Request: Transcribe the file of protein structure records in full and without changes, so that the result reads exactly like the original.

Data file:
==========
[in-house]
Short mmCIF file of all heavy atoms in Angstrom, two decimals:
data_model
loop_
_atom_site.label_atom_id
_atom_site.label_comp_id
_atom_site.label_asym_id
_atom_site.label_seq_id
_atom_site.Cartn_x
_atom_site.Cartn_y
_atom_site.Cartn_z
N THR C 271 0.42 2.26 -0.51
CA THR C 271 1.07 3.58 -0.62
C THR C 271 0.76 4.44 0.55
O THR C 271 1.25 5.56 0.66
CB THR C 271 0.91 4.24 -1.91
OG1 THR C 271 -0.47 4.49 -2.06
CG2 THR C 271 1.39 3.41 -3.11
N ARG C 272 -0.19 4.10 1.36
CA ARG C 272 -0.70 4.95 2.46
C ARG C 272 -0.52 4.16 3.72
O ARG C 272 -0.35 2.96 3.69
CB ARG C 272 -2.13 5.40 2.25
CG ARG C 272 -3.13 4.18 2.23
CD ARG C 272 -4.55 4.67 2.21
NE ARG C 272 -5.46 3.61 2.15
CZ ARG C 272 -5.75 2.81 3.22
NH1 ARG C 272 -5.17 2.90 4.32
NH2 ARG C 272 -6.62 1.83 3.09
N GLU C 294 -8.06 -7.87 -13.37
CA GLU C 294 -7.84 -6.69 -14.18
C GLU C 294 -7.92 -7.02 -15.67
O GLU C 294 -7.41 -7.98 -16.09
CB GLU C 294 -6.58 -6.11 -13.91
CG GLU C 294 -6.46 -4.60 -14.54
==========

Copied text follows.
[in-house]
Short mmCIF file of all heavy atoms in Angstrom, two decimals:
data_model
loop_
_atom_site.label_atom_id
_atom_site.label_comp_id
_atom_site.label_asym_id
_atom_site.label_seq_id
_atom_site.Cartn_x
_atom_site.Cartn_y
_atom_site.Cartn_z
N THR C 271 0.42 2.26 -0.51
CA THR C 271 1.07 3.58 -0.62
C THR C 271 0.76 4.44 0.55
O THR C 271 1.25 5.56 0.66
CB THR C 271 0.91 4.24 -1.91
OG1 THR C 271 -0.47 4.49 -2.06
CG2 THR C 271 1.39 3.41 -3.11
N ARG C 272 -0.19 4.10 1.36
CA ARG C 272 -0.70 4.95 2.46
C ARG C 272 -0.52 4.16 3.72
O ARG C 272 -0.35 2.96 3.69
CB ARG C 272 -2.13 5.40 2.25
CG ARG C 272 -3.13 4.18 2.23
CD ARG C 272 -4.55 4.67 2.21
NE ARG C 272 -5.46 3.61 2.15
CZ ARG C 272 -5.75 2.81 3.22
NH1 ARG C 272 -5.17 2.90 4.32
NH2 ARG C 272 -6.62 1.83 3.09
N GLU C 294 -8.06 -7.87 -13.37
CA GLU C 294 -7.84 -6.69 -14.18
C GLU C 294 -7.92 -7.02 -15.67
O GLU C 294 -7.41 -7.98 -16.09
CB GLU C 294 -6.58 -6.11 -13.91
CG GLU C 294 -6.46 -4.60 -14.54